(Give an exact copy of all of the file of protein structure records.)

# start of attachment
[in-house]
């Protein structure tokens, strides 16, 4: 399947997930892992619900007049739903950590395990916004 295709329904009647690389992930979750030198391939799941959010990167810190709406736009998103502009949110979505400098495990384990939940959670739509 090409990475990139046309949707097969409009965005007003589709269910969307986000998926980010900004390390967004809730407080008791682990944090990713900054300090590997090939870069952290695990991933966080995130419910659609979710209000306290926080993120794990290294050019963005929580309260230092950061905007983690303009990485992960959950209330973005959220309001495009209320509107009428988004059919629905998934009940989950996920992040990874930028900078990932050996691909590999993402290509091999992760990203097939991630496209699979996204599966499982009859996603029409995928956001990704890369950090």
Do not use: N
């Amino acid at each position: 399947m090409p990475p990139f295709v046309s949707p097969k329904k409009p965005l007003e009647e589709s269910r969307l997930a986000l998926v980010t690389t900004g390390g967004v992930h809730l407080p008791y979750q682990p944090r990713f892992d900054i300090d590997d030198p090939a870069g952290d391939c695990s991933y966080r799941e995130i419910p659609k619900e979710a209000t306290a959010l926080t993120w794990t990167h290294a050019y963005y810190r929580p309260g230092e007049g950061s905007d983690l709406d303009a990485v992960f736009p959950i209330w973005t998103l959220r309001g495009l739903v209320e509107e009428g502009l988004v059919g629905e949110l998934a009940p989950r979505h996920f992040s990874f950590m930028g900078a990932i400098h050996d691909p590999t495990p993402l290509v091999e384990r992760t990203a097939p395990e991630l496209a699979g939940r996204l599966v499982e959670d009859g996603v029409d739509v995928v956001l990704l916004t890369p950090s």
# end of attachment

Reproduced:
[in-house]
């Protein structure tokens, strides 16, 4: 399947997930892992619900007049739903950590395990916004 295709329904009647690389992930979750030198391939799941959010990167810190709406736009998103502009949110979505400098495990384990939940959670739509 090409990475990139046309949707097969409009965005007003589709269910969307986000998926980010900004390390967004809730407080008791682990944090990713900054300090590997090939870069952290695990991933966080995130419910659609979710209000306290926080993120794990290294050019963005929580309260230092950061905007983690303009990485992960959950209330973005959220309001495009209320509107009428988004059919629905998934009940989950996920992040990874930028900078990932050996691909590999993402290509091999992760990203097939991630496209699979996204599966499982009859996603029409995928956001990704890369950090």
Do not use: N
């Amino acid at each position: 399947m090409p990475p990139f295709v046309s949707p097969k329904k409009p965005l007003e009647e589709s269910r969307l997930a986000l998926v980010t690389t900004g390390g967004v992930h809730l407080p008791y979750q682990p944090r990713f892992d900054i300090d590997d030198p090939a870069g952290d391939c695990s991933y966080r799941e995130i419910p659609k619900e979710a209000t306290a959010l926080t993120w794990t990167h290294a050019y963005y810190r929580p309260g230092e007049g950061s905007d983690l709406d303009a990485v992960f736009p959950i209330w973005t998103l959220r309001g495009l739903v209320e509107e009428g502009l988004v059919g629905e949110l998934a009940p989950r979505h996920f992040s990874f950590m930028g900078a990932i400098h050996d691909p590999t495990p993402l290509v091999e384990r992760t990203a097939p395990e991630l496209a699979g939940r996204l599966v499982e959670d009859g996603v029409d739509v995928v956001l990704l916004t890369p950090s």